It was the end of a decade and the end of an era for the biking world. It was time to say goodbye to the air-cooled, two-stroke engine due to restrictions and regulations being placed on all types of vehicles so they could be compliant with the new environmental restrictions coming down the pike. Yamaha blew out the conclusion of the 70s with a huge bang when they released the RD400F Daytona Special.
Today, when motorcycle enthusiasts think back to what bikes make the cut for being on the list of the best of the best, for Yamaha, the consensus gives that honor to the Daytona Special. Living up to its name, it still holds a special place in the history of motorcycles and in the hearts of riders around the world.
Paying homage to Yamaha’s racers’ success over the previous couple of years, the Daytona Special was born.
While other makers totally abandoned the idea of a two-stroke engine in favor of the more powerful four-stroke, Yamaha decided to give the two-stroke one more last hoorah. And motorcycle enthusiasts are still thanking them for that decision.
Surprisingly, even though it was before the regulations for emission standards were strictly enforced, the Daytona Special met those standards. It features many new innovations that put Yamaha on the map with this quick bike that might have been small in stature but packed a powerful punch.
The Daytona Special did this because:
A covered cylinder head helped reduce emissions while allowing for a cooler running, quieter engine.
The carburetor came with extra linkage.
It was more fuel-efficient because there was a shorter rotation between engine revolutions.
It had a modified exhaust manifold that helped to cut down on the emission of unburned hydrocarbons.
The Daytona Special was also a standout due to its color scheme. A white body with black accented red racing stripes gave it a look to let the world know it was not to be messed with.
Some of the other new features offered on the Daytona Special that made it a standout include:
A lowered seat.
A bigger gas tank.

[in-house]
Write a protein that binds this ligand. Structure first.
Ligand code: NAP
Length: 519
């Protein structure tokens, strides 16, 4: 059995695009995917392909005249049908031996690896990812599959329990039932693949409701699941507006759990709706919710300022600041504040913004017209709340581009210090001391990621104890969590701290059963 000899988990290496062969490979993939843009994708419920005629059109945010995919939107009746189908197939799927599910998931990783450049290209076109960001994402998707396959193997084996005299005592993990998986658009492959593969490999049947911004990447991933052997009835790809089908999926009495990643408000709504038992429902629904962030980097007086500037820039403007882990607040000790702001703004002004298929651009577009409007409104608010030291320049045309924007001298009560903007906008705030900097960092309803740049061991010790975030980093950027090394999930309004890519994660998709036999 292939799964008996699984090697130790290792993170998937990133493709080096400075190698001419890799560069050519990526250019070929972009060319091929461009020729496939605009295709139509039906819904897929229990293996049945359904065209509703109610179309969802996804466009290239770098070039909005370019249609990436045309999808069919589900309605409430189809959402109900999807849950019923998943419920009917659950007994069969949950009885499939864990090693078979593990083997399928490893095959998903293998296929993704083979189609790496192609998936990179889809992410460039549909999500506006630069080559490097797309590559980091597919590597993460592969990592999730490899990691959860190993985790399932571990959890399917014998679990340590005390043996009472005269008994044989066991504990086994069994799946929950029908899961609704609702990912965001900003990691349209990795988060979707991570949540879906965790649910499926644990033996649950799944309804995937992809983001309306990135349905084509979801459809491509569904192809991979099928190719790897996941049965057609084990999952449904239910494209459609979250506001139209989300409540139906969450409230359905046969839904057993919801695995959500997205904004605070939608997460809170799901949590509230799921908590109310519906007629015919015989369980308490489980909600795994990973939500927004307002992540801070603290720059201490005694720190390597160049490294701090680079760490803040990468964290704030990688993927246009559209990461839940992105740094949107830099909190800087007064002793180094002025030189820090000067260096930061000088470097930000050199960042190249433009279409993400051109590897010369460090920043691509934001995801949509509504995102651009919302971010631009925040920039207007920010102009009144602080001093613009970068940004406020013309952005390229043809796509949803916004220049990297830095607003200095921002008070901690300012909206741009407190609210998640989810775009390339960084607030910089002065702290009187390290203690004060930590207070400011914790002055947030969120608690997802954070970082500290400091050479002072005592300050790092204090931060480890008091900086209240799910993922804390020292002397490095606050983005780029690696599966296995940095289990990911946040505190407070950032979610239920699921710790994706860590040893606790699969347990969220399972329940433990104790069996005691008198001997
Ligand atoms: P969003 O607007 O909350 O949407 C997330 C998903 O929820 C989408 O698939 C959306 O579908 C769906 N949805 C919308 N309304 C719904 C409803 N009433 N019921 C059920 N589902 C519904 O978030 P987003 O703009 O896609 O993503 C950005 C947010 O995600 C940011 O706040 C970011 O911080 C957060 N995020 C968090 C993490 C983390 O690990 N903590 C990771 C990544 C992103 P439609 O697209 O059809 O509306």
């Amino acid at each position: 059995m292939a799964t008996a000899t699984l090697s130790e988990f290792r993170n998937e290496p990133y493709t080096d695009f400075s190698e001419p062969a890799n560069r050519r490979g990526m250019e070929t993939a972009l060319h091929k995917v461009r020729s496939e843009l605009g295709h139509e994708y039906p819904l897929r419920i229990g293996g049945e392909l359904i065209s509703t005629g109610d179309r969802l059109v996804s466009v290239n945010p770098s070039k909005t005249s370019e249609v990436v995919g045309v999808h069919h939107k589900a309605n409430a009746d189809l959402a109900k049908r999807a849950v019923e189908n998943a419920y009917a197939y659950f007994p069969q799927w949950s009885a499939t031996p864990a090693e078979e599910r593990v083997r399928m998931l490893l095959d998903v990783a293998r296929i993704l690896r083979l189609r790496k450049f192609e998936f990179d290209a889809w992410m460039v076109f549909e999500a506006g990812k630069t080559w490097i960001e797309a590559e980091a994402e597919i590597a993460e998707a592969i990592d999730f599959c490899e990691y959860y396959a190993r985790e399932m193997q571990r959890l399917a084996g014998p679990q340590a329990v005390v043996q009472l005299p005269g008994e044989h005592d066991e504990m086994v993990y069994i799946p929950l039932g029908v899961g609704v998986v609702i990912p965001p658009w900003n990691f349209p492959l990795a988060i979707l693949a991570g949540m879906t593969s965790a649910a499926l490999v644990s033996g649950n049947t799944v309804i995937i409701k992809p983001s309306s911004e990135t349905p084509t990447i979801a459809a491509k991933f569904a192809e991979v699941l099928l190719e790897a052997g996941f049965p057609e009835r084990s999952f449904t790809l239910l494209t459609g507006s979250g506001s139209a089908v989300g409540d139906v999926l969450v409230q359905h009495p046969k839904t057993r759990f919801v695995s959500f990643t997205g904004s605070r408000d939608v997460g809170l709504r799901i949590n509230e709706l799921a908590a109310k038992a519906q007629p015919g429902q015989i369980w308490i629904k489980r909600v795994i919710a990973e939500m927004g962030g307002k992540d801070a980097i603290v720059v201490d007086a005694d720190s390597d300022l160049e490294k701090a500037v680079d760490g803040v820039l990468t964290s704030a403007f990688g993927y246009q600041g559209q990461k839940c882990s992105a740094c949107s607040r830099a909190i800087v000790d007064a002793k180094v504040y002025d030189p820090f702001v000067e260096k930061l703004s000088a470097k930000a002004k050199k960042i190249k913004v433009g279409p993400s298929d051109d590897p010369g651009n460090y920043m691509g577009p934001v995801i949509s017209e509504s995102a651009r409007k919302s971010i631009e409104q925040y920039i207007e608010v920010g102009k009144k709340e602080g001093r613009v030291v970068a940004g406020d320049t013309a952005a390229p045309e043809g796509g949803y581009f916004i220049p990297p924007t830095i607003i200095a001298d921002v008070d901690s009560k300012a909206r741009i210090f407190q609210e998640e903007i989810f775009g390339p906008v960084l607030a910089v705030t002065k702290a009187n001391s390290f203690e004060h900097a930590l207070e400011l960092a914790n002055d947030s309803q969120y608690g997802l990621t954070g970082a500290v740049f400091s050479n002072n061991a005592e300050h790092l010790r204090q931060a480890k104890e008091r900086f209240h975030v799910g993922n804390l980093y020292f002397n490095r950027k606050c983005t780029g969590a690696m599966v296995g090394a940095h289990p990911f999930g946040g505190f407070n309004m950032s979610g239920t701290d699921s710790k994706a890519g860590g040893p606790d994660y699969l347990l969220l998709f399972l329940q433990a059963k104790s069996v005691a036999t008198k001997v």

The ability to take corners more efficiently because of repositioned footpegs.
All of these improvements from previous Yamahas increased the price significantly. Though it was a two-stroke, it came in at a price similar to the larger four-strokes.
Though producing improved emissions, the bike did not loose any of its spunk, and riders were there for it.
Though the Daytona Special was living proof that a two-stroke bike could meet the new emissions standards that had been set for motorcycles, the industry abandoned them after Yamaha’s last stand. The reason that makers abandoned the two-stroke seems to be because it was more cost-effective to make the larger four-stokes compliant with the new environmental standards.
Over four decades later, the Daytona Special is a very coveted bike by motorcycle enthusiasts. They are so coveted because many of them were basically driven into the ground over the years as their owners tried to emulate the famous Daytona racers the bike was named after; therefore, they are not easy to find.
However, occasionally lucky bike lovers can find a Daytona Special that has been well taken care of or simply stored away for years that will come up for grabs at auction. Then the fun begins as the bids go up to astronomical heights in comparison to the original price tag of under $2,000.
Recently, a Special was uncovered in a garage, and it had an unthinkable 8.1 original miles on it. This particular bike went for around $7,000. Another was discovered in its factory crating, and it went for an unbelievable $21,000. These numbers and collectors’ responses to these bikes again prove just how special the Daytona Special continues to be in the hearts of motorcycle enthusiasts.
While the Yamaha RD400F Daytona Special marked the end of an era for two-stroke engines, it did not go quietly into that good night. Instead, it ushered the 70s out with a bang.
The Daytona Special was not only a fun bike to ride, but it also showed the world many new innovations. It showed the world that, regardless of popular opinion, a two-stroke engine could meet the new, stricter emission standards and still offer its rider a good time.
Though Yamaha did fall into conformity and followed suit by going forward producing only four-stroke models, it ended the two-stroke era by leaving the world with a bike that truly lived up to its moniker: it was a special motorcycle, indeed.